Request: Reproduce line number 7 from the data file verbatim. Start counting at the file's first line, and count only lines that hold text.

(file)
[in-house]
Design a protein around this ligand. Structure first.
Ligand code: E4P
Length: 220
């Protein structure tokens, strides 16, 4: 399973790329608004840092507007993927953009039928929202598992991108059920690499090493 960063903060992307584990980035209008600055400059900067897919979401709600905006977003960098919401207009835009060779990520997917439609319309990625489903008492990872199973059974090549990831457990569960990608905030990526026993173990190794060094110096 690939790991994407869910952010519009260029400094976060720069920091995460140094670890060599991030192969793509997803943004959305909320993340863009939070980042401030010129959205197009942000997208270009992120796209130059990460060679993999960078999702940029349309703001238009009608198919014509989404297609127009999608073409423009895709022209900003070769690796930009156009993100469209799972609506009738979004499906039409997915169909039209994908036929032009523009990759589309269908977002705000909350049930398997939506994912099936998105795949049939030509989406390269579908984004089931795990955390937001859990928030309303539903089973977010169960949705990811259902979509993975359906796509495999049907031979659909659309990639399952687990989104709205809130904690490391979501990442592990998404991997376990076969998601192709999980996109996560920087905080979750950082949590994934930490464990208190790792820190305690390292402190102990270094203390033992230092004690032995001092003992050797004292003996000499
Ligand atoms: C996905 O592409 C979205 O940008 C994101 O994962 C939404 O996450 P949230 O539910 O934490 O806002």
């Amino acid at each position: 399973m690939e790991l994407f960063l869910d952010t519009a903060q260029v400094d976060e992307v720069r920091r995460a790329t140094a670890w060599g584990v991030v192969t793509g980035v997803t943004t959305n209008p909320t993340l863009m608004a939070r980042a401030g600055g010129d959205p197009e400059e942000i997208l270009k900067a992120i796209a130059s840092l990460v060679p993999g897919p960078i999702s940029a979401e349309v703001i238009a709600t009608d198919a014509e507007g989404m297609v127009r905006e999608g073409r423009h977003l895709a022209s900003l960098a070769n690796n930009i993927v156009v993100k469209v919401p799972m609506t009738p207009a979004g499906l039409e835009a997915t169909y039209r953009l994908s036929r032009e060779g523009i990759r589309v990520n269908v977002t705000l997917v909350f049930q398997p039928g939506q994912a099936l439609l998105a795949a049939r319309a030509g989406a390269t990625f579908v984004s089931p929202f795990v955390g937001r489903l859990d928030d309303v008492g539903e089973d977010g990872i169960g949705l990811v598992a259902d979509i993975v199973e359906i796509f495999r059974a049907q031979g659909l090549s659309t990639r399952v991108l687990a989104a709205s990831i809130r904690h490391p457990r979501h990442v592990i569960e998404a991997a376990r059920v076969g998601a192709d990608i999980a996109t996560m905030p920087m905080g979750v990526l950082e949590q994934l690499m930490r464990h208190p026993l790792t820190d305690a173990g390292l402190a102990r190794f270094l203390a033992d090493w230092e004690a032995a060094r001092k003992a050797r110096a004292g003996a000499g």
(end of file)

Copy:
């Amino acid at each position: 399973m690939e790991l994407f960063l869910d952010t519009a903060q260029v400094d976060e992307v720069r920091r995460a790329t140094a670890w060599g584990v991030v192969t793509g980035v997803t943004t959305n209008p909320t993340l863009m608004a939070r980042a401030g600055g010129d959205p197009e400059e942000i997208l270009k900067a992120i796209a130059s840092l990460v060679p993999g897919p960078i999702s940029a979401e349309v703001i238009a709600t009608d198919a014509e507007g989404m297609v127009r905006e999608g073409r423009h977003l895709a022209s900003l960098a070769n690796n930009i993927v156009v993100k469209v919401p799972m609506t009738p207009a979004g499906l039409e835009a997915t169909y039209r953009l994908s036929r032009e060779g523009i990759r589309v990520n269908v977002t705000l997917v909350f049930q398997p039928g939506q994912a099936l439609l998105a795949a049939r319309a030509g989406a390269t990625f579908v984004s089931p929202f795990v955390g937001r489903l859990d928030d309303v008492g539903e089973d977010g990872i169960g949705l990811v598992a259902d979509i993975v199973e359906i796509f495999r059974a049907q031979g659909l090549s659309t990639r399952v991108l687990a989104a709205s990831i809130r904690h490391p457990r979501h990442v592990i569960e998404a991997a376990r059920v076969g998601a192709d990608i999980a996109t996560m905030p920087m905080g979750v990526l950082e949590q994934l690499m930490r464990h208190p026993l790792t820190d305690a173990g390292l402190a102990r190794f270094l203390a033992d090493w230092e004690a032995a060094r001092k003992a050797r110096a004292g003996a000499g």